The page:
My students ask for my opinion on things, especially when I’m covering film and television in class.
Sometimes it’s a litmus test to get to know me. Sometimes they want to hear if I’ve got an opinion so they feel free to share theirs. And sometimes it’s just pre-class chatting about whatever’s trending.
There was a time when I was in their shoes, where I would have lots of insufferably demanding opinions about the things I watched. Since then, I’ve become a little more generous.
Mostly because I just don’t feel like spending energy on being negative.
It’s easier to point to reasons why something works well than to explain exactly what’s wrong with it
You can feel fairly confident in pointing out something that’s working in a narrative and why it works. But if there’s something in a film or show that you bump on; that doesn’t work for you, it’s not always easy to tell what caused that disconnect.
For one thing, pointing out what doesn’t work involves making suggestions for what could have worked better. You can offer opinions, but that’s a conversation about some imagined version that isn’t constrained by whatever realities of production shaped the actual finished product.
Without being there in the midst of the process of making a thing, it’s easy to cast blame, but hard to be correct in your accusations.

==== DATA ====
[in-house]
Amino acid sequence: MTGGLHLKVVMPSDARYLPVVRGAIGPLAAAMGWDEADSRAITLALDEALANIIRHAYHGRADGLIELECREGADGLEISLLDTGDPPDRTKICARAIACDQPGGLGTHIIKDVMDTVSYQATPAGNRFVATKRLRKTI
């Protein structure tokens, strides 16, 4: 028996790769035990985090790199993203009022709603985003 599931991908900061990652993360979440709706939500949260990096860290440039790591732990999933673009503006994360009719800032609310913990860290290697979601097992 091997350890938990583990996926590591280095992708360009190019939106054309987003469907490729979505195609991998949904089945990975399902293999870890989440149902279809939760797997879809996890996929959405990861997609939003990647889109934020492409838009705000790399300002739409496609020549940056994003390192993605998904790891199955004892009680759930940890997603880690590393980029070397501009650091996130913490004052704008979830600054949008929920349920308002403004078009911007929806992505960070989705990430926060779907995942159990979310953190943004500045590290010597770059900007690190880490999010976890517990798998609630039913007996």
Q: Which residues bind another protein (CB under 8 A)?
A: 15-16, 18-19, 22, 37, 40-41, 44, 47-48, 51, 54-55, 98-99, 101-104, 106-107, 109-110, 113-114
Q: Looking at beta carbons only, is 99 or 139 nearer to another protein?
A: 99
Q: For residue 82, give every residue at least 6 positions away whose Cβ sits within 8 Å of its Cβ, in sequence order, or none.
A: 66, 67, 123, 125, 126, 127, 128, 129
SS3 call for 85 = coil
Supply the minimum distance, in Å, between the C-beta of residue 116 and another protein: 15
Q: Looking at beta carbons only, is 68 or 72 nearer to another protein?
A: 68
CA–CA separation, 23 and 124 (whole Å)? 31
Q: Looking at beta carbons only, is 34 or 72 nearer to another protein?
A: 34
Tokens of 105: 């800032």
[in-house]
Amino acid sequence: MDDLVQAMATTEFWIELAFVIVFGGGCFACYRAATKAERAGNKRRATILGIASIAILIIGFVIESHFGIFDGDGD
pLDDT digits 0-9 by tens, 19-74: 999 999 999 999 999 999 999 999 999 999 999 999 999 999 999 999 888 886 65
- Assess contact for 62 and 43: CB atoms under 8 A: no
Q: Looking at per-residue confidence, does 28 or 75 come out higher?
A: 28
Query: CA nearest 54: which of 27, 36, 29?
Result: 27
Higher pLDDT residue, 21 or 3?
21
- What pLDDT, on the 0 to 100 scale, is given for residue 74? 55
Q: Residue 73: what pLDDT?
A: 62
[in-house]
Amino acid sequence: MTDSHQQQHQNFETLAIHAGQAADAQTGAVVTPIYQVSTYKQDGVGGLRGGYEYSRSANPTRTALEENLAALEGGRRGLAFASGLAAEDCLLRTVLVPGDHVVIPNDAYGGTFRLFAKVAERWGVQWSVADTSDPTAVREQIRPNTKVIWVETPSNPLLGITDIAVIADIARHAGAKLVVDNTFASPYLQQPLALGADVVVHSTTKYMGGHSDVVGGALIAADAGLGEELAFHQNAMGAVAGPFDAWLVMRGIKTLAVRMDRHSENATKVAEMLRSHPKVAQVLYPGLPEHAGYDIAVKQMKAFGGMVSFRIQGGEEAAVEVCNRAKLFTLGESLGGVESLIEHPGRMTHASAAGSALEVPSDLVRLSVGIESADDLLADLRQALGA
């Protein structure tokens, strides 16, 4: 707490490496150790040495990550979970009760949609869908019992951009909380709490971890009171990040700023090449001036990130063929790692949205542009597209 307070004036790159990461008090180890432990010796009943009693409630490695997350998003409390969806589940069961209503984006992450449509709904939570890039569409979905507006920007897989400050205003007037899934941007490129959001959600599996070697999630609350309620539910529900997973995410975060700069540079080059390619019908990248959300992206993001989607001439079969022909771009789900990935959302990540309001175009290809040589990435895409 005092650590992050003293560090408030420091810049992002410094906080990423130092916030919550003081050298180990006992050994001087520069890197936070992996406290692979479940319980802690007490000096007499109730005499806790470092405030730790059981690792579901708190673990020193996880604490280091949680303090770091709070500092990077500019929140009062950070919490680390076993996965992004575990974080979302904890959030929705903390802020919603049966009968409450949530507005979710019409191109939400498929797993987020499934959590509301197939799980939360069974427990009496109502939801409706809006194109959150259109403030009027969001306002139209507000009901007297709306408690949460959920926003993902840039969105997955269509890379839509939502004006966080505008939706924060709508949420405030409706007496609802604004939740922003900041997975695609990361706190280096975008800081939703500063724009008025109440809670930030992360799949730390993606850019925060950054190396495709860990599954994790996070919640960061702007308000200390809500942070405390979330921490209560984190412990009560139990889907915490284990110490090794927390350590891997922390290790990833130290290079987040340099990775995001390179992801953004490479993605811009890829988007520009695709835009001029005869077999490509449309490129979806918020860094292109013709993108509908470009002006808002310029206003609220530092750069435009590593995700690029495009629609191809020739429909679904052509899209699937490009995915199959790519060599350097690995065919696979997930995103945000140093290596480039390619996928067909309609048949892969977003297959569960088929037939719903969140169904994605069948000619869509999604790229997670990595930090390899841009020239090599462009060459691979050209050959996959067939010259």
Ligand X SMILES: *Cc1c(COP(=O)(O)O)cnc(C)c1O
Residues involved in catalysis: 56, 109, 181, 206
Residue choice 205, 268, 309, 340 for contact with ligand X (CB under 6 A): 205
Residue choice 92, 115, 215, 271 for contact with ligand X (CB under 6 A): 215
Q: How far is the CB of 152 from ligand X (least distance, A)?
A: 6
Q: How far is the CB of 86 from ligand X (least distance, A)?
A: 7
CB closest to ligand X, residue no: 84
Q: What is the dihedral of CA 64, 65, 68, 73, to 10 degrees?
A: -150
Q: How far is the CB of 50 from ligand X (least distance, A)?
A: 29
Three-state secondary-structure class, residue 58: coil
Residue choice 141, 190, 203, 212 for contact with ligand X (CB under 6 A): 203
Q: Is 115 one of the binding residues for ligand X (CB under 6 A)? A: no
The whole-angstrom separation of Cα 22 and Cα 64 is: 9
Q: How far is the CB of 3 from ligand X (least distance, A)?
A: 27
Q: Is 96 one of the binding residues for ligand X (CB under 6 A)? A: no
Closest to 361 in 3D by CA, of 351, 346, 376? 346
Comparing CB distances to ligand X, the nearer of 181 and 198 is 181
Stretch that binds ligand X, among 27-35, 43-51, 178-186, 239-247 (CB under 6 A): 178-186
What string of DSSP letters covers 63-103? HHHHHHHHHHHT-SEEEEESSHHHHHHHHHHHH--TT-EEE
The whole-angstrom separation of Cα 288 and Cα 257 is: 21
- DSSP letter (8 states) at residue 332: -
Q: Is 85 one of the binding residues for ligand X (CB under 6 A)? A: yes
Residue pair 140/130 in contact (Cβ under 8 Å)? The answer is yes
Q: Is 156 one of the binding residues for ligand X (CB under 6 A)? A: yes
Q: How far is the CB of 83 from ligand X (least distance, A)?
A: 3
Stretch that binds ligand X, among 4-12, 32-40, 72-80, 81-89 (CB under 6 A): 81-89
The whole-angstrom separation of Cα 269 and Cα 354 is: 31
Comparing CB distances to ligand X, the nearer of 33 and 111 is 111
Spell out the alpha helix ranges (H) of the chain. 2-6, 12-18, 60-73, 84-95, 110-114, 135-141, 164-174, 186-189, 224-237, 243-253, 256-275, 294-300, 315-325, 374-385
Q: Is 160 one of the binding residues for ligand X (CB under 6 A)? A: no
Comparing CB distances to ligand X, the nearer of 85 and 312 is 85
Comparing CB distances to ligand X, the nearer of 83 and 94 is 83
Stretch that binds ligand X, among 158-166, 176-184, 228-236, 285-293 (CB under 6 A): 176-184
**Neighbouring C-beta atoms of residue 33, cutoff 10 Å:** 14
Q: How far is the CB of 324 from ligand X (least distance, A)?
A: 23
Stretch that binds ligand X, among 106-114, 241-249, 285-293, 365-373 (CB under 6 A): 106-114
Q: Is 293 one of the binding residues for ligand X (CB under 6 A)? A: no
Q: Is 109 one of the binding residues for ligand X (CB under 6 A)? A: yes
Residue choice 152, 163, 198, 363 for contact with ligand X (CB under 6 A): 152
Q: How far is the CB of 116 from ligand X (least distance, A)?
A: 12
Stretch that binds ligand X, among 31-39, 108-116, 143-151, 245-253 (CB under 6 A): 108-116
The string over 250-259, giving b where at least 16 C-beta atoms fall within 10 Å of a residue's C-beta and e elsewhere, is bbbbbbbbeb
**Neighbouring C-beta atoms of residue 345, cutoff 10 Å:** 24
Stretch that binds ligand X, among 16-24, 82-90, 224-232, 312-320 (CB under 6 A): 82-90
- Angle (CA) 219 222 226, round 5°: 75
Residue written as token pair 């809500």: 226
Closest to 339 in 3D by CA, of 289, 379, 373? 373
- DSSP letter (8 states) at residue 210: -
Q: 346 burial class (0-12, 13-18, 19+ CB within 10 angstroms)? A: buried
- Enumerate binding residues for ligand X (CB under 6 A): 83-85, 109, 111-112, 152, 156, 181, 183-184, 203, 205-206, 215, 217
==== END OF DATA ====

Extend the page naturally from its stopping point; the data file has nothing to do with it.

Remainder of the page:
It doesn’t do my students, or me, any favors to offer half-assed opinions on what went wrong with something.
One thing I’ve gotten more confident with as I’ve gotten older (and as I’ve gotten more experience with teaching) is not having an opinion on everything.
My daughter has the right idea
It was a vocal quirk that she developed early on, but she’s stuck with it as she’s gotten older. When Sprout didn’t like something, she was likely to say:
“It’s not my favorite.”
What better way to put it when something doesn’t bowl you over? When you can see the flaws, but don’t feel a need to engage in a lengthy post-mortem examination. You can just move on.
Because I’d rather talk about exciting things I think we should aspire to instead of wasting time in discussions that say more about the people in the conversation than the thing they’re supposedly talking about.
What good does it do for me to add my voice to a chorus excoriating something for failing to satisfy its audience?
If I’m going to ask students to write with respect and empathy, then I should extend that same kindness to people who made a good faith effort to make something.
There’s no required response to artistic entertainment.
I’m not required to like it. I can’t be forced to list my disagreements with it. And I shouldn’t point fingers without accurate knowledge of the inner workings of the project.
If given the choice between trying to feel smugly superior to others who have taken on a difficult task, or to admire the work of giants, I know where I stand. I’d rather live in the shadow of the greats, aspiring toward something higher, than spending my time pretending I can trample others under my own feet.